Review: Analysing Australian imperialism

by Sam Pietsch • Published 27 March 2023

Clinton Fernandes, Sub-Imperial Power: Australia in the International Arena, Melbourne University Press, 2022.

The central issue in world politics today is geopolitical competition between the United States and China in the Asia-Pacific region. The Australian state is one of the US’s strongest supporters in this contest, a stance publicly justified by the supposed threat posed by China to democracy and human rights.

Challenging this narrative and understanding why Australia acts in concert with its superpower ally is a priority for anyone opposed to imperialism. Clinton Fernandes’ book Sub-Imperial Power is a welcome contribution to these efforts. Fernandes has a background in military intelligence and as an academic at the Australian Defence Force Academy. But in this book he dismantles many of the foundational myths of Australia’s security establishment and opposes the imperialist logic which is making the prospect of war between the US and China ever more likely.

Short and accessibly written, this is a book aimed at influencing public discussion rather than academia. But nor is it really a work of the political left. Fernandes doesn’t engage with theoretical debates about imperialism and his lack of a clear political framework reduces the book’s usefulness for socialists.

Fernandes’ central contention is that Australia is a “sub-imperial” power. “[I]t is subordinate to the imperial centre [that is the United States], defends the imperial order known as a rules-based international order, and projects considerable power and influence in its own region” (p.21). As a first approximation, this analysis has a lot of merit. Clearly Australia and the US are not equals. The United States is the world’s sole superpower and when it comes to conflicts in the Middle East or confronting China, Australia supports the US rather than going it alone.

But Fernandes does not slide into a simplistic anti-Americanism, which sees the Australian state as betraying its own “national interest” in the service of the US. In short, “Australia is not a victim of this imperial order but a junior partner and enthusiastic – if anxious – supporter” (p.16). He argues that Australia has generally benefitted from the US-centred international order. Although not really a focus of this book, Fernandes also touches on Australia’s own dominance of small regional nations such as Papua New Guinea, the Solomon Islands and East Timor. This is a step forward from left nationalist analyses which have long been prevalent on the Australian left.[1] But nor does Fernandes completely avoid the problems associated with these positions.

The strongest part of the book is its critique of the so-called “rules-based international order”, which is the constantly repeated rallying cry of the US and allies like Australia in their confrontation of China. They claim to be defending a neutral set of rules which benefit all countries, in accordance with established international legal norms.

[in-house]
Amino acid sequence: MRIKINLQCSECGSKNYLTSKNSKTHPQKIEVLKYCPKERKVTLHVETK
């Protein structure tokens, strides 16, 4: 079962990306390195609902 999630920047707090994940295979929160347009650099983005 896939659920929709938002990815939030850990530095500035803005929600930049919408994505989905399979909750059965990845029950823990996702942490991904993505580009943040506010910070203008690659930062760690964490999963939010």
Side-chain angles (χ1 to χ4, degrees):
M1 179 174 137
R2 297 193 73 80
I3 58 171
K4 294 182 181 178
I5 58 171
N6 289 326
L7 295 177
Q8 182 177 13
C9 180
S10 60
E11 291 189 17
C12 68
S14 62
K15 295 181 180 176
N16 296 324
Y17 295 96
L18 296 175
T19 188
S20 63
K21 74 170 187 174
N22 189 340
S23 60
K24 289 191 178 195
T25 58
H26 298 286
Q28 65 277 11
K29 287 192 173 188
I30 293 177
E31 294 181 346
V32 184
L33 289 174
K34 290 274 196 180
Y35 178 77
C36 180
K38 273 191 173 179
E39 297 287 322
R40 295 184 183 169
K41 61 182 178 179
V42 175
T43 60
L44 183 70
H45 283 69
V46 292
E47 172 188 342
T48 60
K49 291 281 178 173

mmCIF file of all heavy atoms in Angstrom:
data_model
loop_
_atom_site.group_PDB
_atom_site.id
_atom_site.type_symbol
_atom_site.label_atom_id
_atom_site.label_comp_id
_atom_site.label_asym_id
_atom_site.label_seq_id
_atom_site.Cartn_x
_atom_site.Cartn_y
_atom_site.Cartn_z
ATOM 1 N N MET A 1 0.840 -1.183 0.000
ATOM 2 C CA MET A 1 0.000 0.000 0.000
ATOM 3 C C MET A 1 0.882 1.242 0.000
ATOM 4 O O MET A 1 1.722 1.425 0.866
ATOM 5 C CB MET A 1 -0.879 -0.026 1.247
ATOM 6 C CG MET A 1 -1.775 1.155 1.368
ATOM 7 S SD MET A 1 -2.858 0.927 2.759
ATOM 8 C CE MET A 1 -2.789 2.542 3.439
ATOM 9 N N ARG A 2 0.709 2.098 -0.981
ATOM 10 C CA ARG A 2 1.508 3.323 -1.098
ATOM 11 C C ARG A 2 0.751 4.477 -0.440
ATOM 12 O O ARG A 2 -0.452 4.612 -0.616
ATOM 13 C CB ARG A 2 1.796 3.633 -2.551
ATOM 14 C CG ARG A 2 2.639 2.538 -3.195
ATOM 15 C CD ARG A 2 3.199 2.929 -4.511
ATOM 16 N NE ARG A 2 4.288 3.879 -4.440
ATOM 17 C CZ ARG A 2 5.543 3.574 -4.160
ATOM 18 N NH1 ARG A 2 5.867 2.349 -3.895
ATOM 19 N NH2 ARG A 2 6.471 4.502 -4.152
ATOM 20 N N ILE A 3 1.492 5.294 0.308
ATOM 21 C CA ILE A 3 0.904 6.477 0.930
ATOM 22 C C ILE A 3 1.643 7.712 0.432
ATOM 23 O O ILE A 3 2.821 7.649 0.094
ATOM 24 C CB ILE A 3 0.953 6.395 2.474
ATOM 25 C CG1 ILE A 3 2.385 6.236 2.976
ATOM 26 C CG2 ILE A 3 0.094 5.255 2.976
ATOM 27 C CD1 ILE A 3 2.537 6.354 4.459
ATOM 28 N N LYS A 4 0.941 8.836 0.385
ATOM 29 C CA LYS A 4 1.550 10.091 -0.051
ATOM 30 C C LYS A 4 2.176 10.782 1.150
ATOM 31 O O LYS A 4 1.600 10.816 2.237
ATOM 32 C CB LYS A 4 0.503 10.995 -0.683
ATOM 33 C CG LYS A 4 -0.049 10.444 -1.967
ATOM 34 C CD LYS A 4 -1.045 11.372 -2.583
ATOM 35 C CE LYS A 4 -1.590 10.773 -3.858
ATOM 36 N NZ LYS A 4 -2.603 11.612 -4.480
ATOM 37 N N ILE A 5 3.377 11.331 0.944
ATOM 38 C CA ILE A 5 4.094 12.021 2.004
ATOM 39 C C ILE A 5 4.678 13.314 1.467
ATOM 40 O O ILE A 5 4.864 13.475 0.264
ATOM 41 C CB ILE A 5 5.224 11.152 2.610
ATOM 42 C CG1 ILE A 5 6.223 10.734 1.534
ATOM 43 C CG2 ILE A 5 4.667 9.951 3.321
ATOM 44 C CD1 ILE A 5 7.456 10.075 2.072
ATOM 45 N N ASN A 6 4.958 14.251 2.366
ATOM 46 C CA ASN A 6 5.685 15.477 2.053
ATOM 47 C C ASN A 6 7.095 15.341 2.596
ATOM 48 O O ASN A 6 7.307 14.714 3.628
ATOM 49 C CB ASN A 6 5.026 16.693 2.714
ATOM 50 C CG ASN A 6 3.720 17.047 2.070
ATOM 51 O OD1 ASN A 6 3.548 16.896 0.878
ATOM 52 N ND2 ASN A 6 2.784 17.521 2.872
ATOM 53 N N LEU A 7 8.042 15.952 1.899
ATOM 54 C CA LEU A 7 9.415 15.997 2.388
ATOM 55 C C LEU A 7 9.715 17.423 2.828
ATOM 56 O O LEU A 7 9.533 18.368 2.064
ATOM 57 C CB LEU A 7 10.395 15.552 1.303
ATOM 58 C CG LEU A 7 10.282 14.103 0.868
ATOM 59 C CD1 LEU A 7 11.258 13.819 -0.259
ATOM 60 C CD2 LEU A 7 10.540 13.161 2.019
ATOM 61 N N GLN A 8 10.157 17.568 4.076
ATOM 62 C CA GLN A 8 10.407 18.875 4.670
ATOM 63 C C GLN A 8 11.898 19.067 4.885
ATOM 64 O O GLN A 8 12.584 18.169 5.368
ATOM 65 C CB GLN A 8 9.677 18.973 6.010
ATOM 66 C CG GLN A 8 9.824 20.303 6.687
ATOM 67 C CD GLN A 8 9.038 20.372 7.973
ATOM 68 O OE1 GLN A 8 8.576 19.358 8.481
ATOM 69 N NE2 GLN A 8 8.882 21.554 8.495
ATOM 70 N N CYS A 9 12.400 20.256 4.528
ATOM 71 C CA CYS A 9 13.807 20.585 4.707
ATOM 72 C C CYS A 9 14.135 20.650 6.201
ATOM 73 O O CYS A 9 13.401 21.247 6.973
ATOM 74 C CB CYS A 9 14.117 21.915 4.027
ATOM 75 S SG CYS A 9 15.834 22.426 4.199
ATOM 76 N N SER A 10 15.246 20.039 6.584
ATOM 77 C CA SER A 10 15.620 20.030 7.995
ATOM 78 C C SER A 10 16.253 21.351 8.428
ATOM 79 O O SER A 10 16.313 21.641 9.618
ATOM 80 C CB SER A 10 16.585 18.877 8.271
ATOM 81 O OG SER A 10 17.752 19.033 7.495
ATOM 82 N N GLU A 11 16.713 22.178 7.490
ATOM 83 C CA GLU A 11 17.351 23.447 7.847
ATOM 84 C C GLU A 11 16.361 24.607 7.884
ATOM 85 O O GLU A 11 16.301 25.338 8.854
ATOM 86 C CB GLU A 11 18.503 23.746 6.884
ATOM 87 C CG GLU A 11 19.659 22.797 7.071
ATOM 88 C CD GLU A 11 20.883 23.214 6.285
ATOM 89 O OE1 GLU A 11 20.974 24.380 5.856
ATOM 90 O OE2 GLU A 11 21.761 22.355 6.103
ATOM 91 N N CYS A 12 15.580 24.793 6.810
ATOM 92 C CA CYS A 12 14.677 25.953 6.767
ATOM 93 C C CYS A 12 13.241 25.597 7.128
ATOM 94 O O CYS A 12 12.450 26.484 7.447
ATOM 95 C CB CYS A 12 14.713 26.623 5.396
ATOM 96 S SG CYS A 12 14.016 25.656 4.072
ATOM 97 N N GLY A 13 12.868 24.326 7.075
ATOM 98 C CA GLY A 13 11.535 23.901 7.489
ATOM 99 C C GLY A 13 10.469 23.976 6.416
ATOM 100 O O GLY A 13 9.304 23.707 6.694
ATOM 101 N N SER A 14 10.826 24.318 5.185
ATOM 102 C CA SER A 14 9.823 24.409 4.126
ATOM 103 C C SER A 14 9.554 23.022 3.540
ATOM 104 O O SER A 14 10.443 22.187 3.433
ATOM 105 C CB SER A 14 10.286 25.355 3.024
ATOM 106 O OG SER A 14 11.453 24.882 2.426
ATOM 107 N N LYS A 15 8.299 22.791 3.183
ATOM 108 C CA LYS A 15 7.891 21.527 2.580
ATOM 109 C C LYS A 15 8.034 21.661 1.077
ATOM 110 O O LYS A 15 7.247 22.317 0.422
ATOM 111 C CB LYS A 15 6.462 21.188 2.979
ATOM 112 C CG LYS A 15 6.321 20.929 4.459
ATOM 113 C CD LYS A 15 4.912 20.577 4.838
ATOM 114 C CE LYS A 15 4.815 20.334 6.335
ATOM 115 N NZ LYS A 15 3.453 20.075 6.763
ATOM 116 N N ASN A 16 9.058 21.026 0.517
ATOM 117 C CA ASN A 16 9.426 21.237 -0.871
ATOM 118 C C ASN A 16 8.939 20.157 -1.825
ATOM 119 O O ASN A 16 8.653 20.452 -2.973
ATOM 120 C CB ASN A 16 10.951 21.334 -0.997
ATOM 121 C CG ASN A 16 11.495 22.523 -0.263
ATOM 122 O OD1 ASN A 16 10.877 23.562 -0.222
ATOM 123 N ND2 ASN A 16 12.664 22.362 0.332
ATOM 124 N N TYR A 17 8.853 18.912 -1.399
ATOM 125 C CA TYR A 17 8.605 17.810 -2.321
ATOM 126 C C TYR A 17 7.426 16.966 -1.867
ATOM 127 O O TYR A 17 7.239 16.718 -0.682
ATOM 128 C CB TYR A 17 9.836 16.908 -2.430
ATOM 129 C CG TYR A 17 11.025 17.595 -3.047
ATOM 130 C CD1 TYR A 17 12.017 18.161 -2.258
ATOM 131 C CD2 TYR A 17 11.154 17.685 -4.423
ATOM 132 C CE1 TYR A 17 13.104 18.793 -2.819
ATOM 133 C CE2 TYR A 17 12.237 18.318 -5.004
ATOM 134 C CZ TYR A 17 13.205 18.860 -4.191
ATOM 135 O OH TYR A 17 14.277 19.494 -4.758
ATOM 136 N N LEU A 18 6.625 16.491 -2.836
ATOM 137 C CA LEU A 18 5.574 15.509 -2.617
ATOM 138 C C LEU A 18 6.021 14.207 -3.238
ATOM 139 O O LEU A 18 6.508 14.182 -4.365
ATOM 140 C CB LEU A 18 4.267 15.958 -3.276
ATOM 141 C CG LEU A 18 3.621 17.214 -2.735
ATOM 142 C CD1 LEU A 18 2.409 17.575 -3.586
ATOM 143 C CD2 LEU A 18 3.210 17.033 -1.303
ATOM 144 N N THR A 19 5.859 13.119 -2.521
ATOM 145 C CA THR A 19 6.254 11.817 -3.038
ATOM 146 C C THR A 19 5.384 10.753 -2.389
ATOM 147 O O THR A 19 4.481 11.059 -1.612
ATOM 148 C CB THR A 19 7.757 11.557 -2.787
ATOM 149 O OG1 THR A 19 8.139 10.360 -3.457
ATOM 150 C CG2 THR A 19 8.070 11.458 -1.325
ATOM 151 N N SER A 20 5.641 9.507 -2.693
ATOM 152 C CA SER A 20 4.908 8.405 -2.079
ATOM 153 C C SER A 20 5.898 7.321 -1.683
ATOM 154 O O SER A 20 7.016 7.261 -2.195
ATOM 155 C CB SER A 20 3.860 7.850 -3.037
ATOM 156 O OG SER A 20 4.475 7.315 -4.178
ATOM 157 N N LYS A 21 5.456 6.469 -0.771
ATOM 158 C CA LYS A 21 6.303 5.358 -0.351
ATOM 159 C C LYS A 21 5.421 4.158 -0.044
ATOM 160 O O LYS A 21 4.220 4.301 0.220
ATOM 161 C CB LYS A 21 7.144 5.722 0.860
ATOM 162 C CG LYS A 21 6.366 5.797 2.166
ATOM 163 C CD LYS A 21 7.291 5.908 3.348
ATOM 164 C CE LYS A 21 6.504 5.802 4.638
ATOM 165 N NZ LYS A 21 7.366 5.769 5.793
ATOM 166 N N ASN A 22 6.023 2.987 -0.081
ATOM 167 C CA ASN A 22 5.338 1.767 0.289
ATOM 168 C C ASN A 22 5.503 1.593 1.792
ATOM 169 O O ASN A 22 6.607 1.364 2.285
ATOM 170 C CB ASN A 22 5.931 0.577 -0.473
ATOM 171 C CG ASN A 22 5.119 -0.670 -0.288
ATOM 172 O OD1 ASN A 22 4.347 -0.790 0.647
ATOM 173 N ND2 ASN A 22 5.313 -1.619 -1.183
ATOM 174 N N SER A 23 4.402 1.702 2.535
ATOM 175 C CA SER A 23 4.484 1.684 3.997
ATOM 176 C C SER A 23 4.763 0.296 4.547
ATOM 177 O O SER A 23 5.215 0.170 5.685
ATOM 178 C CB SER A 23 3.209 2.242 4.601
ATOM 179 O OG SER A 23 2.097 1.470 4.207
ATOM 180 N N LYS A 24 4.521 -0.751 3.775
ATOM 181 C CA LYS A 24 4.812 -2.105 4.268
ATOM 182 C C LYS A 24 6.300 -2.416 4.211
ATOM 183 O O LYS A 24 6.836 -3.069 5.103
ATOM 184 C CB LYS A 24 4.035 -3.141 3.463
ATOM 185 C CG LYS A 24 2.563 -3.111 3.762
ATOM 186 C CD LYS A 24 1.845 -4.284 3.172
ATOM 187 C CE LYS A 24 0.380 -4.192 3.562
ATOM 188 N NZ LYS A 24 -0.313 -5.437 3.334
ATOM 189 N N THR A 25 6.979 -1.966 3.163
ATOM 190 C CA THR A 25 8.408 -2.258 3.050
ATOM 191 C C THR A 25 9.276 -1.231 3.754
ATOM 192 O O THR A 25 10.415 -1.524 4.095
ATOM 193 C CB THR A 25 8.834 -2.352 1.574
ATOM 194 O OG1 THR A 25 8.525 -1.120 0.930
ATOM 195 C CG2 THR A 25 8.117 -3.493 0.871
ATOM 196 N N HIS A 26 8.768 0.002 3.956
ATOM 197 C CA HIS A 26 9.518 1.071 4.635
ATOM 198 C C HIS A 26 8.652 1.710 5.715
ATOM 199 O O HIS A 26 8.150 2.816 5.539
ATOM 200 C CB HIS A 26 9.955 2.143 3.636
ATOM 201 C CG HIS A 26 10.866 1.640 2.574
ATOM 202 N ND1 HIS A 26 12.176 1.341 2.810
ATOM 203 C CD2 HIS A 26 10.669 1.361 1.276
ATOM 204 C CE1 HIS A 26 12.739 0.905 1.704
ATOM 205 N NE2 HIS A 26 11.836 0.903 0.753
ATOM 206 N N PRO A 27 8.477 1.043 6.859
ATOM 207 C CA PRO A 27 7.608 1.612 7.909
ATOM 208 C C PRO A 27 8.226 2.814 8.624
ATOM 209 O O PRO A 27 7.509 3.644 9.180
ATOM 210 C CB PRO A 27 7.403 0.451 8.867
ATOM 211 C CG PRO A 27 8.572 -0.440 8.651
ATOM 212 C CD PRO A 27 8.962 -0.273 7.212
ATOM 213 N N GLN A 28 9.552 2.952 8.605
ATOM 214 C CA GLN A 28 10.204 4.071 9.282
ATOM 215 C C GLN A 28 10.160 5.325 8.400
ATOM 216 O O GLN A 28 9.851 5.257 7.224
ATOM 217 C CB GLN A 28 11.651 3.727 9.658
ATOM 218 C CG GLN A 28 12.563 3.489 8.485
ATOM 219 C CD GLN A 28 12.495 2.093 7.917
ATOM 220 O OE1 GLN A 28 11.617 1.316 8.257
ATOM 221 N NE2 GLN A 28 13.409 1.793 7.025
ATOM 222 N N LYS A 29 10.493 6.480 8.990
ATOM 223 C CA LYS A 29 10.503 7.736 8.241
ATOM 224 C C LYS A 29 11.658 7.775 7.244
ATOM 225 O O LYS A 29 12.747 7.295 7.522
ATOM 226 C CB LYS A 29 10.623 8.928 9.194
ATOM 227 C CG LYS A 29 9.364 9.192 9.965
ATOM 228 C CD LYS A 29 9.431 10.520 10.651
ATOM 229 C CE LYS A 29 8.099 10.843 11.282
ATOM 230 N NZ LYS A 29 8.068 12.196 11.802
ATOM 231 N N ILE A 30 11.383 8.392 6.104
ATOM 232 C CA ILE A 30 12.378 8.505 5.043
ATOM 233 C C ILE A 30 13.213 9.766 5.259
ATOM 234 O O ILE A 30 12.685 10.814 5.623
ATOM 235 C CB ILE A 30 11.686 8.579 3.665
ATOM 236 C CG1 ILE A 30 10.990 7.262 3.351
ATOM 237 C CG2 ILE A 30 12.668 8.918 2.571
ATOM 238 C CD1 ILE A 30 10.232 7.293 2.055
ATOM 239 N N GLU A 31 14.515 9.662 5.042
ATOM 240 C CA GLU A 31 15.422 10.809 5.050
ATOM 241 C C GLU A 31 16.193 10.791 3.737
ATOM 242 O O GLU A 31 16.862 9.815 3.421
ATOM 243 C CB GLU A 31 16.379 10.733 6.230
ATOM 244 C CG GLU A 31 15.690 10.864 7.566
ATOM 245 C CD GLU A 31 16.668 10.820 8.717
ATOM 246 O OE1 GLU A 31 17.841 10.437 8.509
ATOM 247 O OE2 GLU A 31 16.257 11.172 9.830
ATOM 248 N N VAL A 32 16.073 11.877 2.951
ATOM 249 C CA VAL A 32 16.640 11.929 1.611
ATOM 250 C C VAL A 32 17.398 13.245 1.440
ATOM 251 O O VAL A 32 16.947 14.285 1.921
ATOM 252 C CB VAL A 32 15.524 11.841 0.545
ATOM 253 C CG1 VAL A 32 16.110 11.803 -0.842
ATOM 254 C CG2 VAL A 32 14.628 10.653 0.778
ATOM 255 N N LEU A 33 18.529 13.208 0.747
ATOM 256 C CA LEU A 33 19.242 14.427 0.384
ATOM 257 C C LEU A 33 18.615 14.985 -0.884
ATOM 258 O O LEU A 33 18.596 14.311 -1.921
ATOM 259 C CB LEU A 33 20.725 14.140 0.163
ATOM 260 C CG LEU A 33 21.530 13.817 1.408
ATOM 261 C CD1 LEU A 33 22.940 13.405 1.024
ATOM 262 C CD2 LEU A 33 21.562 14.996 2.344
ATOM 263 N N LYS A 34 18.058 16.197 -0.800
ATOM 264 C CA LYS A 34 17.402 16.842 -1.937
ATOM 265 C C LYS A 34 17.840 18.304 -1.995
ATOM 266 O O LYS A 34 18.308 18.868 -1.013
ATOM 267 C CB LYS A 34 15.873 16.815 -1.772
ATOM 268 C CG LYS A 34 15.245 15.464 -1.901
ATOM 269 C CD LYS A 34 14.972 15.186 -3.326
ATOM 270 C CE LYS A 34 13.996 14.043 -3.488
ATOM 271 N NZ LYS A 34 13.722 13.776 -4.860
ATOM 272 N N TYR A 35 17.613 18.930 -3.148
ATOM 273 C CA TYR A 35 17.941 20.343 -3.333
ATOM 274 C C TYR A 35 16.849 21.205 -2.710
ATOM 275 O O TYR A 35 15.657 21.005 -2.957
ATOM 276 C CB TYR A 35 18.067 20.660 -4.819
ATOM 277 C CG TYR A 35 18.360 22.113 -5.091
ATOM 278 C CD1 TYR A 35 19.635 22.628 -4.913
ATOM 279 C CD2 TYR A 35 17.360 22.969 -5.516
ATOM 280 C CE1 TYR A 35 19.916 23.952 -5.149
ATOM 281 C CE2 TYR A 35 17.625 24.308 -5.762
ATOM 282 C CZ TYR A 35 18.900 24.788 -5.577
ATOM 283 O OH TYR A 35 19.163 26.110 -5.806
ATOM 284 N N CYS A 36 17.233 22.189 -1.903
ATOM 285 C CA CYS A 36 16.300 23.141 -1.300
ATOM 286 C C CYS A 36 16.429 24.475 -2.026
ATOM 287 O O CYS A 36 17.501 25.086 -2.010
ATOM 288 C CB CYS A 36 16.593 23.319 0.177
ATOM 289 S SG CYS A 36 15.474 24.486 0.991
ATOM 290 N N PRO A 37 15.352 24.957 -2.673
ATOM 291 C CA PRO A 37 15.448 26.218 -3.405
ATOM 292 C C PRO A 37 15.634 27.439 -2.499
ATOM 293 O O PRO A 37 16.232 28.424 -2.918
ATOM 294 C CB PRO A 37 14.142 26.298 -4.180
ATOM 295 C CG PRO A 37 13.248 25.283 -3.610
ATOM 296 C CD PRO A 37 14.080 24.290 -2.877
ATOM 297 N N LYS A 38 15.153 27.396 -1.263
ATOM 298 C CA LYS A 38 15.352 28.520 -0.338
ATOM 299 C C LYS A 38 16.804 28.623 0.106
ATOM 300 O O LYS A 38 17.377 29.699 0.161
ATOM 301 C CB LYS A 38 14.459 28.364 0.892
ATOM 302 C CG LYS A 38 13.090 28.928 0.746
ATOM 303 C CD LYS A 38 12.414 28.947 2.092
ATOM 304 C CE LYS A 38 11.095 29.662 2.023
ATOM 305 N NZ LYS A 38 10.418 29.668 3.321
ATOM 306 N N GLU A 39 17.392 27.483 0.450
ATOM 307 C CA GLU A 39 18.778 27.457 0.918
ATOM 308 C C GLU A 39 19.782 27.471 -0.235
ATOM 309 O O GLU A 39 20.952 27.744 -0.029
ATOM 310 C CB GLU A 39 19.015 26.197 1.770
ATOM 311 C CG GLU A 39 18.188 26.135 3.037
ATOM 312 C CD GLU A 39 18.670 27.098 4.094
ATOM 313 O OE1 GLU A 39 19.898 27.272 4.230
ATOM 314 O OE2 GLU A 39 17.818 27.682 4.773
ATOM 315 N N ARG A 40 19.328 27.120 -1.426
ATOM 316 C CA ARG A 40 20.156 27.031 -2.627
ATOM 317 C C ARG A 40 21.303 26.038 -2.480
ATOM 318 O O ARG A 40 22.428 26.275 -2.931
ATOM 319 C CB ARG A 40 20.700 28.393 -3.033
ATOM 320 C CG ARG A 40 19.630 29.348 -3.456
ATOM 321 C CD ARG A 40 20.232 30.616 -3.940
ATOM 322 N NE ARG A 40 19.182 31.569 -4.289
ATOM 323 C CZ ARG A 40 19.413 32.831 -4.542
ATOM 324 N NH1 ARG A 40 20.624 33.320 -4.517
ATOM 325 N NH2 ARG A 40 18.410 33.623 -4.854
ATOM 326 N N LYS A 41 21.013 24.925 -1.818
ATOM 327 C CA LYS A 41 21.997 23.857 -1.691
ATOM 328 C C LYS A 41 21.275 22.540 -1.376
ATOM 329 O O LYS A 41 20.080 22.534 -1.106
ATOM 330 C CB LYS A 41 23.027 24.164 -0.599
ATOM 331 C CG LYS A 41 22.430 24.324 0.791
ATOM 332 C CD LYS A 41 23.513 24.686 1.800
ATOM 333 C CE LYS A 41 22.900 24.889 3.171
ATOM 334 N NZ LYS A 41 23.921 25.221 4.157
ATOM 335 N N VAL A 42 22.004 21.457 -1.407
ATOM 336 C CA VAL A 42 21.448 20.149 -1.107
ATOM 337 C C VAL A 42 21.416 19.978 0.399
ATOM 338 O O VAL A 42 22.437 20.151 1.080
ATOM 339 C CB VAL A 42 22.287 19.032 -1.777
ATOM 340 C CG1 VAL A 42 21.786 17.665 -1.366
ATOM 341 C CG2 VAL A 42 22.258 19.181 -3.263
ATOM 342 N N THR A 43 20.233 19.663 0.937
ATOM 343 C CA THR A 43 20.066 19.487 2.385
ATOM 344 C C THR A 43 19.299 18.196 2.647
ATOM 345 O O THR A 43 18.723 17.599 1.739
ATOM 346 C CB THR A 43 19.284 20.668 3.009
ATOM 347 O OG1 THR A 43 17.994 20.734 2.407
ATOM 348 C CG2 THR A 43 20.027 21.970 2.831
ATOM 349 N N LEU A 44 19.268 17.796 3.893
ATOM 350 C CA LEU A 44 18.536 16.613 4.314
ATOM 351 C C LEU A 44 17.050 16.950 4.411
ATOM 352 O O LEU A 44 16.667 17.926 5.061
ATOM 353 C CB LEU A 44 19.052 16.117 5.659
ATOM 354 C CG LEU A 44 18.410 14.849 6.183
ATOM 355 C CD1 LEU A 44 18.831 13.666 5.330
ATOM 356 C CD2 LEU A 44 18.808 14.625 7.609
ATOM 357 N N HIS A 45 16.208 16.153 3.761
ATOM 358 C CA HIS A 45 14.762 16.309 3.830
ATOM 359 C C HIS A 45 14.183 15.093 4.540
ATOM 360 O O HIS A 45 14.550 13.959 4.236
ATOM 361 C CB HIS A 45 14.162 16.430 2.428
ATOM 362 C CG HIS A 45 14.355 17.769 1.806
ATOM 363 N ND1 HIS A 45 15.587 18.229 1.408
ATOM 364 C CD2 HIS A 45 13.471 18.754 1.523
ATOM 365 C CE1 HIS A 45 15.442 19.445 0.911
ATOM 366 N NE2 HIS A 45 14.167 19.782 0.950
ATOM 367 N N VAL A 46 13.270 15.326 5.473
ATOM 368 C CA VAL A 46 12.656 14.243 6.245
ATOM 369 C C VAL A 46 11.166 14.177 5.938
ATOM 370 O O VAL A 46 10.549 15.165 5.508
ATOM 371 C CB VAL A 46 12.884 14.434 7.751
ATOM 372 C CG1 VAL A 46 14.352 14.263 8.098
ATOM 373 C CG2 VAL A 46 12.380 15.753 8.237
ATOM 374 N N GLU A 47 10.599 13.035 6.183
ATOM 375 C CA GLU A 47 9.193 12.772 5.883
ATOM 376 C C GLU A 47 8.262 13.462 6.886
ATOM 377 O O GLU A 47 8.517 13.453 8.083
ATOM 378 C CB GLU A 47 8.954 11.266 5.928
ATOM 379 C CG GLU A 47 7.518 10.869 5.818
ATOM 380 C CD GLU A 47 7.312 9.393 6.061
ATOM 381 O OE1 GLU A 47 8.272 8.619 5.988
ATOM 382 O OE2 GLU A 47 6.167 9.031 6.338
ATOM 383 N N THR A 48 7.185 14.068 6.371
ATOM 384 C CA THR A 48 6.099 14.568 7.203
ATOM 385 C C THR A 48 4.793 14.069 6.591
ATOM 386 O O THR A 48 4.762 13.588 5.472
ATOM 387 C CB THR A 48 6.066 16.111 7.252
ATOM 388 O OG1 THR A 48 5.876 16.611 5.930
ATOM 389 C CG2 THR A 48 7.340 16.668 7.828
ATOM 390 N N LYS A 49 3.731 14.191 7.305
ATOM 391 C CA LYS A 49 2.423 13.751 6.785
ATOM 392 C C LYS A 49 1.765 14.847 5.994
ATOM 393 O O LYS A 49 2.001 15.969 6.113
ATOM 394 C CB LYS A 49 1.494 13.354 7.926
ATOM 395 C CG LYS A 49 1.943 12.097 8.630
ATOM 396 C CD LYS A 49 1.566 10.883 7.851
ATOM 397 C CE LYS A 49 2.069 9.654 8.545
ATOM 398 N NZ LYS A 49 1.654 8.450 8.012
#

Fernandes rightly exposes how these claims serve to legitimate the US and Australia’s own interests. The international order established after World War II was constructed around US economic and financial supremacy, with a banking system centred in New York and the US dollar serving as the global reserve currency. International bodies like the World Bank and International Monetary Fund are constructed along lines dictated by the US. The rules establish the rights of private business to invest capital wherever it chooses, with free trade agreements favouring the more developed economies.

Of course, liberal economic principles can be abandoned when necessary. A prime example is the current US attempt to limit Chinese access to computer microchips. These are crucial components if China is to develop high end manufacturing capabilities, including of advanced weaponry.

The US has also established a string of military bases and alliances which surround China and threaten its vital trade routes. It’s not a threat China can ignore, given the US has repeatedly toppled governments which oppose its interests, either by invasion or by fomenting internal coups. On the other hand, rhetorical commitments to democracy and human rights have never stopped the US forming alliances with friendly dictators.

Fernandes rightly argues that the status quo international order has benefitted Australia’s economy, enabling the export of efficiently produced primary commodities like coal and iron ore. So having “coasted in the slipstream of US supremacy since the end of World War II” (p.41), Australian policy makers are anxious to see the existing order maintained. Nor can Australia claim any moral high ground in terms of respect for human rights or the right to self-determination, having supported, for example, the Suharto dictatorship in Indonesia and the ongoing occupation of West Papua.

Fernandes is, however, too dismissive when he describes the rules-based order as “a euphemism for imperial practice” (p.58), implying it is a rhetorical nicety which merely disguises a more brutal reality. This obscures how the legal order positively structures international affairs and does so in ways which are not exclusively to the benefit of US capital. The global economy today really does operate for the most part according to liberal norms; trade patterns are determined by nations’ comparative advantages in production; capitalists from all countries are generally free to invest where they expect to reap the greatest profits; international shipping firms enjoy freedom of navigation.